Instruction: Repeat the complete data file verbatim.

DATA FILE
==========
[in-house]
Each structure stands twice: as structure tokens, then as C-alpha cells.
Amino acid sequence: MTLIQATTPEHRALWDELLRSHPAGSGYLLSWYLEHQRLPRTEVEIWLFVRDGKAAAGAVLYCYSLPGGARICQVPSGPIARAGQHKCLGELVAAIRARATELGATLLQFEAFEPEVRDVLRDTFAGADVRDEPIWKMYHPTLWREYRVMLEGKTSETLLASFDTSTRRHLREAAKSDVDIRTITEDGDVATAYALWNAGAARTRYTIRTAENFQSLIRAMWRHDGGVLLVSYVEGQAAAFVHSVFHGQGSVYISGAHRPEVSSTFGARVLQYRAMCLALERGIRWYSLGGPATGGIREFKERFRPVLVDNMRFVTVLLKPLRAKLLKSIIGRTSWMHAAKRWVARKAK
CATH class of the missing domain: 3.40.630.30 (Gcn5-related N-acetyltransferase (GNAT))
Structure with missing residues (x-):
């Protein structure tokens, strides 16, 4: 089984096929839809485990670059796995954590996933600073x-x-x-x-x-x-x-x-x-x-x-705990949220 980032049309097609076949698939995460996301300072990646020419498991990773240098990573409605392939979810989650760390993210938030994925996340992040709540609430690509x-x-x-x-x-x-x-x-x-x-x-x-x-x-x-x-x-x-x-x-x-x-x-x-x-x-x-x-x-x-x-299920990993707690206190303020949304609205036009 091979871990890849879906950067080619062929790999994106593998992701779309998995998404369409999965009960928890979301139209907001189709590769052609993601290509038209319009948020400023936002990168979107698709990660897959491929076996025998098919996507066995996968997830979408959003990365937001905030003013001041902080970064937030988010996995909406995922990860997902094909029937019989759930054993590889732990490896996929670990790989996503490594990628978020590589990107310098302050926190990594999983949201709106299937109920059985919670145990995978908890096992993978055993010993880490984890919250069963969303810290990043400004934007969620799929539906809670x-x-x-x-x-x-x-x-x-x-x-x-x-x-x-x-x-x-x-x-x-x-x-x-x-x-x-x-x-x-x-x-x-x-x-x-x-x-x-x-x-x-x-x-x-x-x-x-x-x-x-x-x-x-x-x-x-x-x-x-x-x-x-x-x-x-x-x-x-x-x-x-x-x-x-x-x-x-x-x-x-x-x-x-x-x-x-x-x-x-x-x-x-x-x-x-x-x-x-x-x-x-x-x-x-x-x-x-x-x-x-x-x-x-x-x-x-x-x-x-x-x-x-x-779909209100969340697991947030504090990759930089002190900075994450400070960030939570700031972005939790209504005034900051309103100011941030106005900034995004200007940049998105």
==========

[in-house]
Each structure stands twice: as structure tokens, then as C-alpha cells.
Amino acid sequence: MTLIQATTPEHRALWDELLRSHPAGSGYLLSWYLEHQRLPRTEVEIWLFVRDGKAAAGAVLYCYSLPGGARICQVPSGPIARAGQHKCLGELVAAIRARATELGATLLQFEAFEPEVRDVLRDTFAGADVRDEPIWKMYHPTLWREYRVMLEGKTSETLLASFDTSTRRHLREAAKSDVDIRTITEDGDVATAYALWNAGAARTRYTIRTAENFQSLIRAMWRHDGGVLLVSYVEGQAAAFVHSVFHGQGSVYISGAHRPEVSSTFGARVLQYRAMCLALERGIRWYSLGGPATGGIREFKERFRPVLVDNMRFVTVLLKPLRAKLLKSIIGRTSWMHAAKRWVARKAK
CATH class of the missing domain: 3.40.630.30 (Gcn5-related N-acetyltransferase (GNAT))
Structure with missing residues (x-):
């Protein structure tokens, strides 16, 4: 089984096929839809485990670059796995954590996933600073x-x-x-x-x-x-x-x-x-x-x-705990949220 980032049309097609076949698939995460996301300072990646020419498991990773240098990573409605392939979810989650760390993210938030994925996340992040709540609430690509x-x-x-x-x-x-x-x-x-x-x-x-x-x-x-x-x-x-x-x-x-x-x-x-x-x-x-x-x-x-x-299920990993707690206190303020949304609205036009 091979871990890849879906950067080619062929790999994106593998992701779309998995998404369409999965009960928890979301139209907001189709590769052609993601290509038209319009948020400023936002990168979107698709990660897959491929076996025998098919996507066995996968997830979408959003990365937001905030003013001041902080970064937030988010996995909406995922990860997902094909029937019989759930054993590889732990490896996929670990790989996503490594990628978020590589990107310098302050926190990594999983949201709106299937109920059985919670145990995978908890096992993978055993010993880490984890919250069963969303810290990043400004934007969620799929539906809670x-x-x-x-x-x-x-x-x-x-x-x-x-x-x-x-x-x-x-x-x-x-x-x-x-x-x-x-x-x-x-x-x-x-x-x-x-x-x-x-x-x-x-x-x-x-x-x-x-x-x-x-x-x-x-x-x-x-x-x-x-x-x-x-x-x-x-x-x-x-x-x-x-x-x-x-x-x-x-x-x-x-x-x-x-x-x-x-x-x-x-x-x-x-x-x-x-x-x-x-x-x-x-x-x-x-x-x-x-x-x-x-x-x-x-x-x-x-x-x-x-x-x-x-779909209100969340697991947030504090990759930089002190900075994450400070960030939570700031972005939790209504005034900051309103100011941030106005900034995004200007940049998105």